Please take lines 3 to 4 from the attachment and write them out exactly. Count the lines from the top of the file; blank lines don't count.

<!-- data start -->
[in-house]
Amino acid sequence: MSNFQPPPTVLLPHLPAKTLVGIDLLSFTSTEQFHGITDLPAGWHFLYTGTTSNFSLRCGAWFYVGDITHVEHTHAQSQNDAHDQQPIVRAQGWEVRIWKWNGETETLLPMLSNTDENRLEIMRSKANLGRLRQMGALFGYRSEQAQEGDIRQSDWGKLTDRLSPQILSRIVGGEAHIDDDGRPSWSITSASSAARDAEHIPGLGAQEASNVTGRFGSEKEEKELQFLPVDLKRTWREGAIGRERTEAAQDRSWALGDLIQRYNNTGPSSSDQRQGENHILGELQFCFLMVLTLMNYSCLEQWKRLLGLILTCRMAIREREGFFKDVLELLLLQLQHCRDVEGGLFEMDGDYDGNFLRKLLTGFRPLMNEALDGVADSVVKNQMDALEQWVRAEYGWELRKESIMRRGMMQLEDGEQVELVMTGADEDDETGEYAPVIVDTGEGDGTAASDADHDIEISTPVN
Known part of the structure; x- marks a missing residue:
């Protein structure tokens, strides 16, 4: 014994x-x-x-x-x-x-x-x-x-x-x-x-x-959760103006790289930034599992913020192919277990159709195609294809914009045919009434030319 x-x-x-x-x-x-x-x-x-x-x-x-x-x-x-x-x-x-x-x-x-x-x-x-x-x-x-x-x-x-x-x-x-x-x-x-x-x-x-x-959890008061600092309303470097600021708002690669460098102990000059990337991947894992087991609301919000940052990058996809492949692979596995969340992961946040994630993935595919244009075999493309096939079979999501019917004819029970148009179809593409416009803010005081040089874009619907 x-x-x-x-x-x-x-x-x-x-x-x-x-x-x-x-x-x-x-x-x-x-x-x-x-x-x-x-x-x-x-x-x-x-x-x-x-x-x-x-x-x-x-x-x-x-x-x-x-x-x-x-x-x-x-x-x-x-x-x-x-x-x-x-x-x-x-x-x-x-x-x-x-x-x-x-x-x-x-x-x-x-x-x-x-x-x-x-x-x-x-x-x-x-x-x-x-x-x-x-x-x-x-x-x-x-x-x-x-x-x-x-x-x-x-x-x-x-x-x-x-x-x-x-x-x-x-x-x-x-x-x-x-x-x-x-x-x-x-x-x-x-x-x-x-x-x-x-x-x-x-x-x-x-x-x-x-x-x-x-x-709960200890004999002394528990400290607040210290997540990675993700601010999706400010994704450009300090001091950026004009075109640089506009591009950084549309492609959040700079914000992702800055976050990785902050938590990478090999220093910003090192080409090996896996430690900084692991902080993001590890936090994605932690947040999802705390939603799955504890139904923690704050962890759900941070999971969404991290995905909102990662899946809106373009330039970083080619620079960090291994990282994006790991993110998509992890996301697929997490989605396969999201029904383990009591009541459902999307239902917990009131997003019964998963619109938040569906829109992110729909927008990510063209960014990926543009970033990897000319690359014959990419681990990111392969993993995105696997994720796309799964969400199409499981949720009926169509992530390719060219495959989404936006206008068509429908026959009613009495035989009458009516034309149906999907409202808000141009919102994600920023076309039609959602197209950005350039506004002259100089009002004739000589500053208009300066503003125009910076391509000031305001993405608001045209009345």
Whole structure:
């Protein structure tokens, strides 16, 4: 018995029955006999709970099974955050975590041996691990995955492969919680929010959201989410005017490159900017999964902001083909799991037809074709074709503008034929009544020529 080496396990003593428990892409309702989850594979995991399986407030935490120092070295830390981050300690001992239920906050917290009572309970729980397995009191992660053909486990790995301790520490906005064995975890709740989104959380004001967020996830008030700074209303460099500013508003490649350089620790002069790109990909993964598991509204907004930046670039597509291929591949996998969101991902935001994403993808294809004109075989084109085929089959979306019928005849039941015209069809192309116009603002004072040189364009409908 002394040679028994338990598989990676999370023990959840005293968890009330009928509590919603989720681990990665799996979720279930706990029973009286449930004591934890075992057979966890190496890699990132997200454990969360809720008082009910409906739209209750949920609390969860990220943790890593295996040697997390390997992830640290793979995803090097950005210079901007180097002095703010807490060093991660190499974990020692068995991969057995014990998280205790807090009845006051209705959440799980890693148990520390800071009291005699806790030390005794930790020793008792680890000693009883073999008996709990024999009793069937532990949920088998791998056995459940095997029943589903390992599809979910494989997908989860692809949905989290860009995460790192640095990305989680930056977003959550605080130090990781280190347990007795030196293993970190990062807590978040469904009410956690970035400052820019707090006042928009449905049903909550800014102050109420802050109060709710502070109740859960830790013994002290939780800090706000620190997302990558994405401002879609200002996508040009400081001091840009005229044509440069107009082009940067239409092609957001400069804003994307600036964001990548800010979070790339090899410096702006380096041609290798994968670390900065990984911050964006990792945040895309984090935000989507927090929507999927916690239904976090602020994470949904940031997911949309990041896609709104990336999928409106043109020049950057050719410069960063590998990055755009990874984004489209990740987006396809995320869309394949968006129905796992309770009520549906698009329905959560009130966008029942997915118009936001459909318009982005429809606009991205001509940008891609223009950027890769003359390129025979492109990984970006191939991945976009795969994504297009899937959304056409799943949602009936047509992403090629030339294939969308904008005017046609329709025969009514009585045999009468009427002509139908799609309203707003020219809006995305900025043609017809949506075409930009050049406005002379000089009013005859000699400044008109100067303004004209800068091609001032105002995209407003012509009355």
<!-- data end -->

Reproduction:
Known part of the structure; x- marks a missing residue:
């Protein structure tokens, strides 16, 4: 014994x-x-x-x-x-x-x-x-x-x-x-x-x-959760103006790289930034599992913020192919277990159709195609294809914009045919009434030319 x-x-x-x-x-x-x-x-x-x-x-x-x-x-x-x-x-x-x-x-x-x-x-x-x-x-x-x-x-x-x-x-x-x-x-x-x-x-x-x-959890008061600092309303470097600021708002690669460098102990000059990337991947894992087991609301919000940052990058996809492949692979596995969340992961946040994630993935595919244009075999493309096939079979999501019917004819029970148009179809593409416009803010005081040089874009619907 x-x-x-x-x-x-x-x-x-x-x-x-x-x-x-x-x-x-x-x-x-x-x-x-x-x-x-x-x-x-x-x-x-x-x-x-x-x-x-x-x-x-x-x-x-x-x-x-x-x-x-x-x-x-x-x-x-x-x-x-x-x-x-x-x-x-x-x-x-x-x-x-x-x-x-x-x-x-x-x-x-x-x-x-x-x-x-x-x-x-x-x-x-x-x-x-x-x-x-x-x-x-x-x-x-x-x-x-x-x-x-x-x-x-x-x-x-x-x-x-x-x-x-x-x-x-x-x-x-x-x-x-x-x-x-x-x-x-x-x-x-x-x-x-x-x-x-x-x-x-x-x-x-x-x-x-x-x-x-x-x-709960200890004999002394528990400290607040210290997540990675993700601010999706400010994704450009300090001091950026004009075109640089506009591009950084549309492609959040700079914000992702800055976050990785902050938590990478090999220093910003090192080409090996896996430690900084692991902080993001590890936090994605932690947040999802705390939603799955504890139904923690704050962890759900941070999971969404991290995905909102990662899946809106373009330039970083080619620079960090291994990282994006790991993110998509992890996301697929997490989605396969999201029904383990009591009541459902999307239902917990009131997003019964998963619109938040569906829109992110729909927008990510063209960014990926543009970033990897000319690359014959990419681990990111392969993993995105696997994720796309799964969400199409499981949720009926169509992530390719060219495959989404936006206008068509429908026959009613009495035989009458009516034309149906999907409202808000141009919102994600920023076309039609959602197209950005350039506004002259100089009002004739000589500053208009300066503003125009910076391509000031305001993405608001045209009345």